If a hot housing market has you thinking about selling your home, you’re not alone — record numbers of people are using this era of “quick real estate turnarounds” to upgrade to their dream home, downsize and consolidate, or move to another region of the country.
But deciding to sell doesn’t necessarily mean you’re ready to sell; in fact, making the decision to sell is usually what prompts homeowners to finally take care of all those repairs and updates that they’ve been saving for another day (or year).
Even if you’ve maintained your home exceptionally well, you probably have at least one or two things to take care of before your house is “market ready.” Let’s explore five home updates and improvements that all sellers should consider before listing with an agent:
1. Reset and Refresh with Paint
As a low-cost improvement with a high rate of return, painting is one of the quickest, easiest, and most effective ways to refresh your interior spaces and make your home feel more neutral and inviting.
Neutral tones appeal to buyers because it helps them see your home as a blank canvas that will readily accommodate their style preferences. If you’re not sure which color combinations are best for your interiors, ask a design professional what they’d recommend based on lighting, flooring, and other architectural elements.
Don’t forget to refresh dingy ceilings as well as trim — using high-gloss paint on baseboards, crown molding, and door and window trim can go a long way in brightening and redefining your space.
2. Minor Bathroom Update, Major Impact
As one of the highest-use spaces in any home, bathrooms are typically designed with longevity in mind. But that doesn’t mean they remain perfectly functional and aesthetically appealing forever; in fact, bathrooms tend to call for minor updates more frequently than other spaces.
An outdated bathroom can be a major turn off for prospective buyers, but you don’t have to gut and renovate it completely to make it more appealing; basic improvements and upgrades are often all it takes to get the job done.
A fresh coat of paint, a new sink, and updated lighting can transform a small powder room, while replacing the tub, tile surround, toilet, vanity, and fixtures in your main bathroom almost pays for itself — nationwide, minor bathroom renovations offer a 60% ROI (return on investment), meaning you’ll recoup three of every five dollars you spend when it’s time to sell.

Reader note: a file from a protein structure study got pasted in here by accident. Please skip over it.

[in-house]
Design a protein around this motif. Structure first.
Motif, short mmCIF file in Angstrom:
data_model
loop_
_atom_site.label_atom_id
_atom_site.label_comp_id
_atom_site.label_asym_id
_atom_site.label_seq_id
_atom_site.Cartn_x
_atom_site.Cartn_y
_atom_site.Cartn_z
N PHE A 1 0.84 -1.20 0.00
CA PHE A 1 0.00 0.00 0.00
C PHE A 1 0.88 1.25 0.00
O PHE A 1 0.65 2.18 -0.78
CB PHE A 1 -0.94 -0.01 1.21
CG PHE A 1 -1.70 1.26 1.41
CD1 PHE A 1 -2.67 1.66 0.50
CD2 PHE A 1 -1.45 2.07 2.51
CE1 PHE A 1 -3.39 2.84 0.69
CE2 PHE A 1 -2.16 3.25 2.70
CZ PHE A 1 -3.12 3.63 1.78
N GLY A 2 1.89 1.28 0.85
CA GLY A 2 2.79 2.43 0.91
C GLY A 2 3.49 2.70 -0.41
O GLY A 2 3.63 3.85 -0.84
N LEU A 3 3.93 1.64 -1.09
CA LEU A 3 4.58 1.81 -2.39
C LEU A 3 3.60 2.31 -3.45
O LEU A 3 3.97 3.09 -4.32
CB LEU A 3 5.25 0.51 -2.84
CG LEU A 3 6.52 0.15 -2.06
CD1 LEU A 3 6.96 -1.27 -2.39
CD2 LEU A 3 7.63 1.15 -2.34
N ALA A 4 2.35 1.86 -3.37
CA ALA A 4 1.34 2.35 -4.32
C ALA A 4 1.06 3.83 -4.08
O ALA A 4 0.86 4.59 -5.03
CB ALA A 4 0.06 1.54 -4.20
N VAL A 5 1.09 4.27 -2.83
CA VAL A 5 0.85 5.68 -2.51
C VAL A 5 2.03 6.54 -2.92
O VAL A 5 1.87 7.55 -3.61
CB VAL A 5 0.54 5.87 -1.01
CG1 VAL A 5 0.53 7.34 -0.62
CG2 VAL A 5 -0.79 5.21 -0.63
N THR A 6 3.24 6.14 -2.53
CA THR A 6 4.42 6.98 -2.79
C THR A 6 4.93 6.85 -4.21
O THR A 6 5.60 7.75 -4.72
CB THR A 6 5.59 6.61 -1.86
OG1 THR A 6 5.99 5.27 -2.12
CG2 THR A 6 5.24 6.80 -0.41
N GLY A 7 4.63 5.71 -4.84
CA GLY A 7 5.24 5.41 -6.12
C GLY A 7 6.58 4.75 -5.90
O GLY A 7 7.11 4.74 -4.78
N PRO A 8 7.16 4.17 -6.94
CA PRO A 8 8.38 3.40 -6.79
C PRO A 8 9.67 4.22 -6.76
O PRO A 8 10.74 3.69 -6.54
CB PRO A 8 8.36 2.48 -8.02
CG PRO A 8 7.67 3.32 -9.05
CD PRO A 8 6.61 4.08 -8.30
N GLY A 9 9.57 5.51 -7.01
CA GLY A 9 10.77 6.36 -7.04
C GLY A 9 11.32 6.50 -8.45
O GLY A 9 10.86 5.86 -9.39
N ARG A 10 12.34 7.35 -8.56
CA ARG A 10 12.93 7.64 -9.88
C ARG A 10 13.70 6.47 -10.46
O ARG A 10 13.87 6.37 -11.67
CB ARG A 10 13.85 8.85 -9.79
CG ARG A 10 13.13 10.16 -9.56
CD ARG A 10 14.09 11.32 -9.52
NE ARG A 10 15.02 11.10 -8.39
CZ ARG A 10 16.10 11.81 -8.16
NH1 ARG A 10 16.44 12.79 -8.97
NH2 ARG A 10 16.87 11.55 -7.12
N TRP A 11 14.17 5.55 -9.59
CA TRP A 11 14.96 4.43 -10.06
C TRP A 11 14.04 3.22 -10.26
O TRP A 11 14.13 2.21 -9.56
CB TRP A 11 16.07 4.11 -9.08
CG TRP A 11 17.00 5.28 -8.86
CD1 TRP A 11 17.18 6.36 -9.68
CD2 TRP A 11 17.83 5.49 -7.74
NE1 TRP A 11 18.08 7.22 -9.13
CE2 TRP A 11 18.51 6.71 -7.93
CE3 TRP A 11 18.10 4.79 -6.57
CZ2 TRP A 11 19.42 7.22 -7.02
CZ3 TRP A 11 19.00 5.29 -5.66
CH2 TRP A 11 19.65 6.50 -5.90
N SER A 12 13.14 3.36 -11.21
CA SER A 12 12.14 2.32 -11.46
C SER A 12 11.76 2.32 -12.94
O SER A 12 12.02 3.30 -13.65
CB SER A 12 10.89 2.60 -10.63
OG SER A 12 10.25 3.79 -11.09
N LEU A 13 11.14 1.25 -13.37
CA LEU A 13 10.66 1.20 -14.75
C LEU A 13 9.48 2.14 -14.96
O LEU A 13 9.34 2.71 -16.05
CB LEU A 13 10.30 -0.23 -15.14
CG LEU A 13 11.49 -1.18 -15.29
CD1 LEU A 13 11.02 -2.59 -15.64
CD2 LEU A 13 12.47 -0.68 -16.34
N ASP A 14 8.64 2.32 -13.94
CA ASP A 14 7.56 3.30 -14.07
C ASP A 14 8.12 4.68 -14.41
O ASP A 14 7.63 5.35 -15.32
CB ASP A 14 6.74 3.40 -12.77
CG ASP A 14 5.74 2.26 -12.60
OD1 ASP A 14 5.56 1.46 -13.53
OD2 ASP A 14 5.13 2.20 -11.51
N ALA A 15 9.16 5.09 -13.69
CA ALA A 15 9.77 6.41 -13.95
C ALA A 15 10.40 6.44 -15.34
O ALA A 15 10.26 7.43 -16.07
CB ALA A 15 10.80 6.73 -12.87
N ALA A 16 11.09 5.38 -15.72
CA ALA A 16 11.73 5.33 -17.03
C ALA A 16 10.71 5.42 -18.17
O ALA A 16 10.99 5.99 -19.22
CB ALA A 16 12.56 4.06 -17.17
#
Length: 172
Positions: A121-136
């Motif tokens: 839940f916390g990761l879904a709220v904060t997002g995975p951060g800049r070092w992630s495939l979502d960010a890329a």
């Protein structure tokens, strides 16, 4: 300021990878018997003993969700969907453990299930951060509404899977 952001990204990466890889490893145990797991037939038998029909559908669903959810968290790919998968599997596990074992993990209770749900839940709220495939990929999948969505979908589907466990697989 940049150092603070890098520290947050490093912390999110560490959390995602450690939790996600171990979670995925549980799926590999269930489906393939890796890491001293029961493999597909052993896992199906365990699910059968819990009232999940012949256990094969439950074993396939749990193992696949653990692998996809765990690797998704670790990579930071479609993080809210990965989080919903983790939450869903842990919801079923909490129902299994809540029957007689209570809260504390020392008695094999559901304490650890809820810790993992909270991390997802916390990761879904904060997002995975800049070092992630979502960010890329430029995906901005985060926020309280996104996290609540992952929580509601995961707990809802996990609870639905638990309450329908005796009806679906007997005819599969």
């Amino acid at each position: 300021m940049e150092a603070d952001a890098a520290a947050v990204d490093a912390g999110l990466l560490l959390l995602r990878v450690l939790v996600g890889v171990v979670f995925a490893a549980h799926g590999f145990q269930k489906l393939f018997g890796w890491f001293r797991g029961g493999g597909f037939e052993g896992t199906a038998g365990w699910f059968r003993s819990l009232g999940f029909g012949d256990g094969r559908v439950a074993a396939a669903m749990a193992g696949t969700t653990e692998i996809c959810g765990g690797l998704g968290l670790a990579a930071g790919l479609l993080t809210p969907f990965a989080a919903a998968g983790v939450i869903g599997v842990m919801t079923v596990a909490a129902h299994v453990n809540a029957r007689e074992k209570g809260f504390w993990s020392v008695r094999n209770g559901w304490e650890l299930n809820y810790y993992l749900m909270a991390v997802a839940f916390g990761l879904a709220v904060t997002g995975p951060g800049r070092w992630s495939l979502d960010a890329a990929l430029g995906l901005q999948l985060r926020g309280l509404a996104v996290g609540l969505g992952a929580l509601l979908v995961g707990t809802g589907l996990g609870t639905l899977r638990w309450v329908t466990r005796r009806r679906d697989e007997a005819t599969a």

3. Give Your Kitchen a Little TLC
It may not be time to design your dream kitchen when you’re ready to sell, but it is time to take a hard look at your space through the eyes of a prospective buyer. What works in your kitchen, and what needs a little TLC?
A minor kitchen remodel carries a 72% ROI in the average real estate market, meaning you can expect to recoup 70 cents of every dollar you spend when you sell. Apart from its high ROI, a minor kitchen update can be a major selling point — a beautiful kitchen is more likely to lead to a quick, effortless sale than an outdated one that needs obvious work.
A fresh coat of paint, new flooring, and updated fixtures can do the trick if your cabinets and appliances are in great shape; new countertops and a tile backsplash can enhance a basic kitchen. Make outdated cabinets look current and fresh with a simple and cost-effective refacing.
4. Replace or Refurbish Worn-Out Flooring
From decluttering your spaces to completing minor repairs, there are a lot of simple ways to enhance your home’s appeal for prospective buyers. There are also more expensive home improvements that carry a lot of weight with buyers, such as new energy-efficient windows or upgraded lighting fixtures.
If you have a bit of money to invest in your home to make it more tempting for buyers, it’s always a good idea to consider the state of your floors. Just as no buyer wants to see dirty, worn-out carpeting in a prospective bedroom or family room, most people think twice about buying a house that seems to require major flooring updates.
Have soiled carpet cleaned by a professional, and replace carpeting in key areas (like the main bedroom) if it’s shabby or past its prime. Consider refinishing scruffy, scratched up wood flooring and replacing old dingy laminate or vinyl flooring if you can.
5. Refine and Enhance Your Curb Appeal
First impressions matter, especially when it comes to making someone else feel like your house could become their home. But first impressions don’t begin in the interior entryway of your home; they begin at (and around) the exterior threshold, as viewed from the curb.
Refining and enhancing your home’s curb appeal gives prospective buyers more incentive to see what else your house has to offer. Start by tidying up your yard: get rid of weeds, replace unhealthy plantings, edge and mulch your garden beds, and add landscaping lighting.
To update your home’s exterior façade, try painting your front door, updating your lighting fixtures, removing outdated awnings and shutters, upgrading old wrought-iron railings, or adding a pergola over a bare front stoop.